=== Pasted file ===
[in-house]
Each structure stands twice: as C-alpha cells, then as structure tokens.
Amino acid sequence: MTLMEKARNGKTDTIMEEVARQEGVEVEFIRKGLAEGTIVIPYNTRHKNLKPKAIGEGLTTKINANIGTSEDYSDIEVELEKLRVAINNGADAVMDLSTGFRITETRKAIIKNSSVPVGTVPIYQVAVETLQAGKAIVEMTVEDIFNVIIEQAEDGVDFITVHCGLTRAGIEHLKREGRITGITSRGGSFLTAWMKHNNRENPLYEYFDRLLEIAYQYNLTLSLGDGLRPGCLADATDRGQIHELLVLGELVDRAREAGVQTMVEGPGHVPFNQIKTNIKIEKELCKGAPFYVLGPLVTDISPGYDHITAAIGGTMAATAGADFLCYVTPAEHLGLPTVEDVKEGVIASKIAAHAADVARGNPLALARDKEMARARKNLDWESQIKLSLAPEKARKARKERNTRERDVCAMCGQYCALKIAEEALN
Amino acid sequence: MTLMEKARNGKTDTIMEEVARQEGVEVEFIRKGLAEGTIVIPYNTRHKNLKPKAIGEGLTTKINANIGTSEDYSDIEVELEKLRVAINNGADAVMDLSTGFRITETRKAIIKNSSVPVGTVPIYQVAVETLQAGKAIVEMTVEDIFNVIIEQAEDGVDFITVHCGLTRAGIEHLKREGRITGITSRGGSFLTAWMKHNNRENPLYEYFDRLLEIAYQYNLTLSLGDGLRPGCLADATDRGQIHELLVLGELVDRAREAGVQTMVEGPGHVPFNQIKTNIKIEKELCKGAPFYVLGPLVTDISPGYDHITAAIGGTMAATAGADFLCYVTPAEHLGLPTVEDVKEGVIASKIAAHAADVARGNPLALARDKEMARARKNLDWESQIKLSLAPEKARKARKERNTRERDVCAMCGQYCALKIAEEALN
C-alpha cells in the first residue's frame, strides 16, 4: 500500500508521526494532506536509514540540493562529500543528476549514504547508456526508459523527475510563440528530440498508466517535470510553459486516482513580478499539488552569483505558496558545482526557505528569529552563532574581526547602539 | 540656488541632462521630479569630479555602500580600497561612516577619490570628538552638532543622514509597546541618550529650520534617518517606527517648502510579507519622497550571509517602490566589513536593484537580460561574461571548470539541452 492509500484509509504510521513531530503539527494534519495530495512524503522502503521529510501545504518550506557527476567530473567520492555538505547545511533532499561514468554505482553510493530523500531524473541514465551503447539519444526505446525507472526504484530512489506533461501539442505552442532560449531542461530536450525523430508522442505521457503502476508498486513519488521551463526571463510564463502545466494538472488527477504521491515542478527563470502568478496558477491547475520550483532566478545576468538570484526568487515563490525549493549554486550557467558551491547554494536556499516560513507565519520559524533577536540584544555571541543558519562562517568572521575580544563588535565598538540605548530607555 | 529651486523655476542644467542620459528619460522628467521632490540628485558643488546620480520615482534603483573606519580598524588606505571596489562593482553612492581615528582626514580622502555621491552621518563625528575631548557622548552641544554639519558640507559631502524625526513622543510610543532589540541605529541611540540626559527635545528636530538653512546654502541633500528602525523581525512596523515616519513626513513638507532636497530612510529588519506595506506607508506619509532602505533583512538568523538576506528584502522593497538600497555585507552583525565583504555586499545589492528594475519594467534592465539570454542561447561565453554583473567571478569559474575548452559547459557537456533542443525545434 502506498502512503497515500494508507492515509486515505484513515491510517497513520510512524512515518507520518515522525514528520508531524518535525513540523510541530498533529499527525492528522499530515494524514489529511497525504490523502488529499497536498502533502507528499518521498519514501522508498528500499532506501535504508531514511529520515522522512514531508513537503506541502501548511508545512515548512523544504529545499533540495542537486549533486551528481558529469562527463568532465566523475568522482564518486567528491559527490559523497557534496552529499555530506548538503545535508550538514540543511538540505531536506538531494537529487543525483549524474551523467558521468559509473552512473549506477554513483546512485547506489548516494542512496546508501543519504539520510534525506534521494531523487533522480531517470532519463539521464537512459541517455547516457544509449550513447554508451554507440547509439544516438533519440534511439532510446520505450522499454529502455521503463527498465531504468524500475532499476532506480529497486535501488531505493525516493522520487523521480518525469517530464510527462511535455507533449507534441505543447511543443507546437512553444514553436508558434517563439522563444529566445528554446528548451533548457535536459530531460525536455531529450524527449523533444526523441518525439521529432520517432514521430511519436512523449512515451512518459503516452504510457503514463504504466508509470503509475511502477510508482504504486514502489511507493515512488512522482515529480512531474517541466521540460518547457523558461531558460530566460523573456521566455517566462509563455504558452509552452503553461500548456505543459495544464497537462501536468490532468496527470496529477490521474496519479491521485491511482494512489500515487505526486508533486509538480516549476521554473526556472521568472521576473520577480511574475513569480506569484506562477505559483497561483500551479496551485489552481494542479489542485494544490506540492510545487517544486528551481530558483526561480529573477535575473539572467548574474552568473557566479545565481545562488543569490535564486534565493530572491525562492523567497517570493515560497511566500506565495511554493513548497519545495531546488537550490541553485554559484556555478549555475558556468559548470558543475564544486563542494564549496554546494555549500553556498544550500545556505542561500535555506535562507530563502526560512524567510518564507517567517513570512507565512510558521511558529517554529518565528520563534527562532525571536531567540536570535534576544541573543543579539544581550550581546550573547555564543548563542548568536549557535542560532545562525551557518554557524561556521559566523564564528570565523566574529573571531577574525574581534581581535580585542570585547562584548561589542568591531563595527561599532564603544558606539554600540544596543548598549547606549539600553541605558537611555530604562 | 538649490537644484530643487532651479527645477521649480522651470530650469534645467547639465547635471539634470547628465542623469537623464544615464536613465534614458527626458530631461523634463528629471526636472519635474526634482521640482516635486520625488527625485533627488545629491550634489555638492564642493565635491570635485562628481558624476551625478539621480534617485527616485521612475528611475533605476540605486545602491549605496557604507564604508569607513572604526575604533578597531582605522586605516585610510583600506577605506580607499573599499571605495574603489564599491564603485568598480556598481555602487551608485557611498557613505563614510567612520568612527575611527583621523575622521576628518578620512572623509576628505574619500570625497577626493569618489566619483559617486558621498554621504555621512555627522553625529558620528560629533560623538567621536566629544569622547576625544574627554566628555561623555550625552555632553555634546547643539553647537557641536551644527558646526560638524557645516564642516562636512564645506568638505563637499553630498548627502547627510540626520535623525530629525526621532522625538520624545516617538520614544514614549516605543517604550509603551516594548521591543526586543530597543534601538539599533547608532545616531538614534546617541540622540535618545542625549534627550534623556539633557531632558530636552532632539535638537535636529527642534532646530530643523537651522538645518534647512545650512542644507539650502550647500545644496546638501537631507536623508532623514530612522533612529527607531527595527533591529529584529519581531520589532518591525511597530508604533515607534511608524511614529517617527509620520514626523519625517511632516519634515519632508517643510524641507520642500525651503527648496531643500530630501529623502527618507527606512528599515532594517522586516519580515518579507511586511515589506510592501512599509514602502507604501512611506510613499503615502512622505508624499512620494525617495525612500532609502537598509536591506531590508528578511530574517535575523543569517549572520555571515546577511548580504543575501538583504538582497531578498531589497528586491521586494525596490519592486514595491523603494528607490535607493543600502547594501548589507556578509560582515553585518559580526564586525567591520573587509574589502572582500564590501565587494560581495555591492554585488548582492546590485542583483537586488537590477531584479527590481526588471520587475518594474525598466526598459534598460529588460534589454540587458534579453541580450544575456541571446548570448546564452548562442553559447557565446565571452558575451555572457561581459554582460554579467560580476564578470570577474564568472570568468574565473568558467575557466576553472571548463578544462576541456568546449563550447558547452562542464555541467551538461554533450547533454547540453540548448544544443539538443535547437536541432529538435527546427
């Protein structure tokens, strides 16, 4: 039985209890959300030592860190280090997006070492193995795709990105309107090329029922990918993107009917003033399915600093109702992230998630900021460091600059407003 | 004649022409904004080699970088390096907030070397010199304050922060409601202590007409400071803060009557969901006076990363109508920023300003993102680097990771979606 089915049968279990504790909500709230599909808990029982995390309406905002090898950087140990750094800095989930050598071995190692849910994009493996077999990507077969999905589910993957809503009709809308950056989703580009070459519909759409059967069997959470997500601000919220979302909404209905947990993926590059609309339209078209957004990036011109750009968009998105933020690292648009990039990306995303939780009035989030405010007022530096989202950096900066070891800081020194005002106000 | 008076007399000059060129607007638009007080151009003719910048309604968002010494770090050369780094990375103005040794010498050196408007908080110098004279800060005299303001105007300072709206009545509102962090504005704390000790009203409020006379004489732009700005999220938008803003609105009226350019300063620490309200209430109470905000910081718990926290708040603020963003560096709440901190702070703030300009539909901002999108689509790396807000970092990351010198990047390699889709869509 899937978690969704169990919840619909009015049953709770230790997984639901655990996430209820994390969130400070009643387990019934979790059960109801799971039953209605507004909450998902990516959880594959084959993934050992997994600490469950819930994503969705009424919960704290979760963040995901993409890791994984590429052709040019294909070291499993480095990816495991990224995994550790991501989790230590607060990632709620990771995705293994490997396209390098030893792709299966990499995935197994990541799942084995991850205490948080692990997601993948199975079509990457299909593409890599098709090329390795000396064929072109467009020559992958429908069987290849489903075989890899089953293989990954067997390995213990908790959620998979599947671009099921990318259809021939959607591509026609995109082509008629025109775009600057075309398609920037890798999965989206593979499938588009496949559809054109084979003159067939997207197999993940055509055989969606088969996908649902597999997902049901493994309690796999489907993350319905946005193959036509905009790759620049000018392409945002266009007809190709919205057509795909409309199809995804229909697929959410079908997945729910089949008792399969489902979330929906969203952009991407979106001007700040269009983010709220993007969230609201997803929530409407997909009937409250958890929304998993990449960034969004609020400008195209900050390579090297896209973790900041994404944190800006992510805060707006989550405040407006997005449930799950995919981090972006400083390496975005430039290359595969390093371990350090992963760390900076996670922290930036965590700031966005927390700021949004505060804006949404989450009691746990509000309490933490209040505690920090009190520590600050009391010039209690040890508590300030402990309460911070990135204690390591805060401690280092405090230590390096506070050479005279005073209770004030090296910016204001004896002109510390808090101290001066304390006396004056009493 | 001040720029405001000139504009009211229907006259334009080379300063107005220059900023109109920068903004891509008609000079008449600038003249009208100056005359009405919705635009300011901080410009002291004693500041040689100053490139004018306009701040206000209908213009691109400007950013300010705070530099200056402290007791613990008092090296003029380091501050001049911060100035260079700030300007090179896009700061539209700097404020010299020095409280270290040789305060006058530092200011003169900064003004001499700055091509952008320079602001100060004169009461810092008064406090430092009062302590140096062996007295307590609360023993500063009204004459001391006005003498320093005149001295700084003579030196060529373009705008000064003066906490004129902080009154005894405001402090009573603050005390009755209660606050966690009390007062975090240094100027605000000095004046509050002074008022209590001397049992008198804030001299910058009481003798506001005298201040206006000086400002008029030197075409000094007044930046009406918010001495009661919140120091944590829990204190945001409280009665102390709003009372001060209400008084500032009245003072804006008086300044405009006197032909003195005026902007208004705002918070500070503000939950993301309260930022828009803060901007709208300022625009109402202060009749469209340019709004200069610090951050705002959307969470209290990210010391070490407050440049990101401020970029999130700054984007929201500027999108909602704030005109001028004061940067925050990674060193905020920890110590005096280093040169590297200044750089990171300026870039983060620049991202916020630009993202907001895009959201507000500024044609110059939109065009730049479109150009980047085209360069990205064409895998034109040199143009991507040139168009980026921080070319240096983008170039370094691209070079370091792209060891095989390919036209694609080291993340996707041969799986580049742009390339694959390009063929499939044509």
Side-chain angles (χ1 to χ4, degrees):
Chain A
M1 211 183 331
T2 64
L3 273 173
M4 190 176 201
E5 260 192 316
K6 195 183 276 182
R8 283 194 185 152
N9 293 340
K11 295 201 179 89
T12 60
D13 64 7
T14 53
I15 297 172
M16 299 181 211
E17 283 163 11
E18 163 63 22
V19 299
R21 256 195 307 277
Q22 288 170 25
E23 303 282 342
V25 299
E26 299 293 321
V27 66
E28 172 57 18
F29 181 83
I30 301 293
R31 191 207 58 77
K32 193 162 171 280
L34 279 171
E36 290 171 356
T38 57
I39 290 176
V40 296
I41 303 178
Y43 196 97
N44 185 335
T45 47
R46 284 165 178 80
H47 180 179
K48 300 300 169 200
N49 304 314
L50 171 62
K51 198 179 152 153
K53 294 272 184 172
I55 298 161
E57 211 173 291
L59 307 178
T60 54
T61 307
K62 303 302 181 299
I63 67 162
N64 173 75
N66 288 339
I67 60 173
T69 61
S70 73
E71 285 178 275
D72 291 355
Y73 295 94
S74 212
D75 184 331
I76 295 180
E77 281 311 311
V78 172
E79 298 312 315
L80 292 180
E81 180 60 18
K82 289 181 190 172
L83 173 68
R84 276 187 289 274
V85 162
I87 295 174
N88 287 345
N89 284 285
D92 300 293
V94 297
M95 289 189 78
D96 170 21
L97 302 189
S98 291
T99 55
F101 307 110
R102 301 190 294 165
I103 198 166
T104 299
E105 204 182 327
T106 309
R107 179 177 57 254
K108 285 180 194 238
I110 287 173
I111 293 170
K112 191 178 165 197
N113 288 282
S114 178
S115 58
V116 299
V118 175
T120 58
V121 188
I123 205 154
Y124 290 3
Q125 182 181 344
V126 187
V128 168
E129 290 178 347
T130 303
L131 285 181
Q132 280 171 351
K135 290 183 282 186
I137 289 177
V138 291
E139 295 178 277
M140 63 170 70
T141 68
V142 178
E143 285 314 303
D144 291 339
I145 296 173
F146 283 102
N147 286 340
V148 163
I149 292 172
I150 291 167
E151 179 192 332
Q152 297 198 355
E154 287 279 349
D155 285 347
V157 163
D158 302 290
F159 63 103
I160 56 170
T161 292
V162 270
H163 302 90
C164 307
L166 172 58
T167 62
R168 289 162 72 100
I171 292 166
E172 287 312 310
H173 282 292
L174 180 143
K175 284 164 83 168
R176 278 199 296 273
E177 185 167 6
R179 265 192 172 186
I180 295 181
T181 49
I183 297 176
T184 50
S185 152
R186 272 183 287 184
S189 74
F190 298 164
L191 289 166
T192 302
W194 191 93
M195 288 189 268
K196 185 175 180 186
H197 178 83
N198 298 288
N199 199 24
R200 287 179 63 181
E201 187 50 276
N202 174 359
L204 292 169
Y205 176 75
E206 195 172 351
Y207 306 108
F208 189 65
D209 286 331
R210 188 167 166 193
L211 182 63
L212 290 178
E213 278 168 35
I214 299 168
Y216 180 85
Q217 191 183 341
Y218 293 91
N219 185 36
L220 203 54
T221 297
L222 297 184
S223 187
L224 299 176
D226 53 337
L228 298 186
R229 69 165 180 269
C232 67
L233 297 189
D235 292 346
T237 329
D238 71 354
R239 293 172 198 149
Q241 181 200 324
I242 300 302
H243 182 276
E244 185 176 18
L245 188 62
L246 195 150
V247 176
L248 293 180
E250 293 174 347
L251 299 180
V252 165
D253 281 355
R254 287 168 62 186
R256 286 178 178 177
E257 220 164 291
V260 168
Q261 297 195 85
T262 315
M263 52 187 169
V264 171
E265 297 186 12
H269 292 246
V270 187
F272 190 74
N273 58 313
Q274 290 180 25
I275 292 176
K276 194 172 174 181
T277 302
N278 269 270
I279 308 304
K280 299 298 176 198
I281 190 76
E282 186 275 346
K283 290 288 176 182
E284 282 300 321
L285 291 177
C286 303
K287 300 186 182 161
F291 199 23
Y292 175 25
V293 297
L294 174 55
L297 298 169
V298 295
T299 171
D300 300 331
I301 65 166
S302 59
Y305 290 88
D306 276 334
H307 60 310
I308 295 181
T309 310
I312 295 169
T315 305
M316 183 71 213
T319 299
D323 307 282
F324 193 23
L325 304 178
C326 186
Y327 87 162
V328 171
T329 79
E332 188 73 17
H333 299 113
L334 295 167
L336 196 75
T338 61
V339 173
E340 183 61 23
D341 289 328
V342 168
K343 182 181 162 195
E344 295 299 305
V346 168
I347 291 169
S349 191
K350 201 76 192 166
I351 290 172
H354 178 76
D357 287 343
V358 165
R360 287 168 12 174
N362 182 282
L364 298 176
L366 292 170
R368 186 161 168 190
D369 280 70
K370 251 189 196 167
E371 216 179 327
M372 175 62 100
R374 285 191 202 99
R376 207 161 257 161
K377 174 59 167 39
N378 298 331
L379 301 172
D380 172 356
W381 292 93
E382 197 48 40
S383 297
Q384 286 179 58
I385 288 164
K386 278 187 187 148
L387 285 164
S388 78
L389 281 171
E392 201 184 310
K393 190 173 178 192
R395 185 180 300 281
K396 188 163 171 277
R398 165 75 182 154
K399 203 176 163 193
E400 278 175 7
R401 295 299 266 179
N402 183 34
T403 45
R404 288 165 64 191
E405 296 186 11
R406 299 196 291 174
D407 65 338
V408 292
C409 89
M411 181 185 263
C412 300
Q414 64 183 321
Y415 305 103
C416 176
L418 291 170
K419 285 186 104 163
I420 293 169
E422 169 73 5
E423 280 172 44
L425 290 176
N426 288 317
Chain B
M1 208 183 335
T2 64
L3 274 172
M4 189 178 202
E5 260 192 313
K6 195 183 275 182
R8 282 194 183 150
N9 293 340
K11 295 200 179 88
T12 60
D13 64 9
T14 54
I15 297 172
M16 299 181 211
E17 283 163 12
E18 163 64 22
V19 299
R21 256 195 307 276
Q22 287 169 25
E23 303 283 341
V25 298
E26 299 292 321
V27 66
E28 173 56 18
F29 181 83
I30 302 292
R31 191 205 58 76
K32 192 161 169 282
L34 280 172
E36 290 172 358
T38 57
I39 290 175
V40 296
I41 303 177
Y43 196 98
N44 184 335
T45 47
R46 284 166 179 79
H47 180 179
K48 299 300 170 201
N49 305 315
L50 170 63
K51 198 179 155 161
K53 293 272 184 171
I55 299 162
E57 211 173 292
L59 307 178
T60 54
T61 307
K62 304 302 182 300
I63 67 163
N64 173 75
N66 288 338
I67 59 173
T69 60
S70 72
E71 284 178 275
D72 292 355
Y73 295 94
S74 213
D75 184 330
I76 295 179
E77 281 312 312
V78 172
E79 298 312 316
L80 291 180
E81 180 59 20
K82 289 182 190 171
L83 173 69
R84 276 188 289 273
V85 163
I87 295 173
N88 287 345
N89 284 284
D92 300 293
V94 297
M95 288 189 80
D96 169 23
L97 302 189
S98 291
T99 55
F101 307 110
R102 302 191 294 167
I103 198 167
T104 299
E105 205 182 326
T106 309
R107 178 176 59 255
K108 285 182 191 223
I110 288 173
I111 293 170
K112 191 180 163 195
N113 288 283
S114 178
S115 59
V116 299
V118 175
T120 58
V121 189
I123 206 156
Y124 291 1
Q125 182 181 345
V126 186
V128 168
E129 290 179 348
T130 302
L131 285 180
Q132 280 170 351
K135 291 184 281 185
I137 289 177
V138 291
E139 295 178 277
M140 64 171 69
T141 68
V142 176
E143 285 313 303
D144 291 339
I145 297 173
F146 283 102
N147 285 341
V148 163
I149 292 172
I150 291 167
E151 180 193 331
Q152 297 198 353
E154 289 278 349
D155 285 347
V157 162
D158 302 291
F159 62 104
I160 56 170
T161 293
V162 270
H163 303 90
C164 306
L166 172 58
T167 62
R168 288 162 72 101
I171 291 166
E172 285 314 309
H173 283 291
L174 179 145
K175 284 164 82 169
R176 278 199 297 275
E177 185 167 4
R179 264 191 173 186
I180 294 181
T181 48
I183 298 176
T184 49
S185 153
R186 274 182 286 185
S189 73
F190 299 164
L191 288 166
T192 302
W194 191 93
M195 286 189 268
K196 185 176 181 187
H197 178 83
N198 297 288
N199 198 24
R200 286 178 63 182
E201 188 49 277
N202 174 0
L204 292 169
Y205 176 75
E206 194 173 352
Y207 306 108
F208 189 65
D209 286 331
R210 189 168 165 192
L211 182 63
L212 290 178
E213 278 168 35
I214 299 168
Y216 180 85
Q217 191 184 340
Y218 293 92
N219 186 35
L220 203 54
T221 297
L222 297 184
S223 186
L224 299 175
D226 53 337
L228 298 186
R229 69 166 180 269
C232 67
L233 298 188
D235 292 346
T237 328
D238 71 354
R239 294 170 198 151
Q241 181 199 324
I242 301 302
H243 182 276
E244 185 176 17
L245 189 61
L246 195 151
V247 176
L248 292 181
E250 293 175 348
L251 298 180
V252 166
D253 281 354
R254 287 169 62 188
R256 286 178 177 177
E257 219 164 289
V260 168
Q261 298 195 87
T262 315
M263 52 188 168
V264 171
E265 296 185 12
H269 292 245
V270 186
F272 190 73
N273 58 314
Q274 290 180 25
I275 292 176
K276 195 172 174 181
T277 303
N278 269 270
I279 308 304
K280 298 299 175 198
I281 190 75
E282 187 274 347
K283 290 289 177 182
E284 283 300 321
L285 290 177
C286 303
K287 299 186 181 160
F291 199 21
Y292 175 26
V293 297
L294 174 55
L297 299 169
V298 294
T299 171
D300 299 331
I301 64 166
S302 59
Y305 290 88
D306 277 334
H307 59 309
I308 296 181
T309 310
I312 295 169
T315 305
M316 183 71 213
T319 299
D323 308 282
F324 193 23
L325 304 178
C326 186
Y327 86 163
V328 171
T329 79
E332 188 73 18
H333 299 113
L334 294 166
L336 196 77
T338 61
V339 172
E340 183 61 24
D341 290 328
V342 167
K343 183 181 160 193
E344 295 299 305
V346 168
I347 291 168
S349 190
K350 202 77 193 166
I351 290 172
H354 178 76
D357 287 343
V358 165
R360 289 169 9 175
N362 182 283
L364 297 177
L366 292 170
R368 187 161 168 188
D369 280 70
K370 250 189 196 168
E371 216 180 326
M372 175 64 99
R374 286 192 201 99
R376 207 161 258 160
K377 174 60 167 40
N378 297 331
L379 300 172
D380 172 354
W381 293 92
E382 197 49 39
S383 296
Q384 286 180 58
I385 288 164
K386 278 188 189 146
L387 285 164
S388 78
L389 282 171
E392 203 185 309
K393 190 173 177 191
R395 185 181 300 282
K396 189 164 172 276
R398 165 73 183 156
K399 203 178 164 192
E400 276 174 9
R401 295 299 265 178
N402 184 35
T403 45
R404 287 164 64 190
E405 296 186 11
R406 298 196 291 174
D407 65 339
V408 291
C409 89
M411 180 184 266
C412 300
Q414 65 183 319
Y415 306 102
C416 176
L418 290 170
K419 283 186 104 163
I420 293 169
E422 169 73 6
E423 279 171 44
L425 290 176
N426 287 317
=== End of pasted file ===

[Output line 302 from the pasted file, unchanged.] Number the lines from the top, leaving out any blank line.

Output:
W381 292 93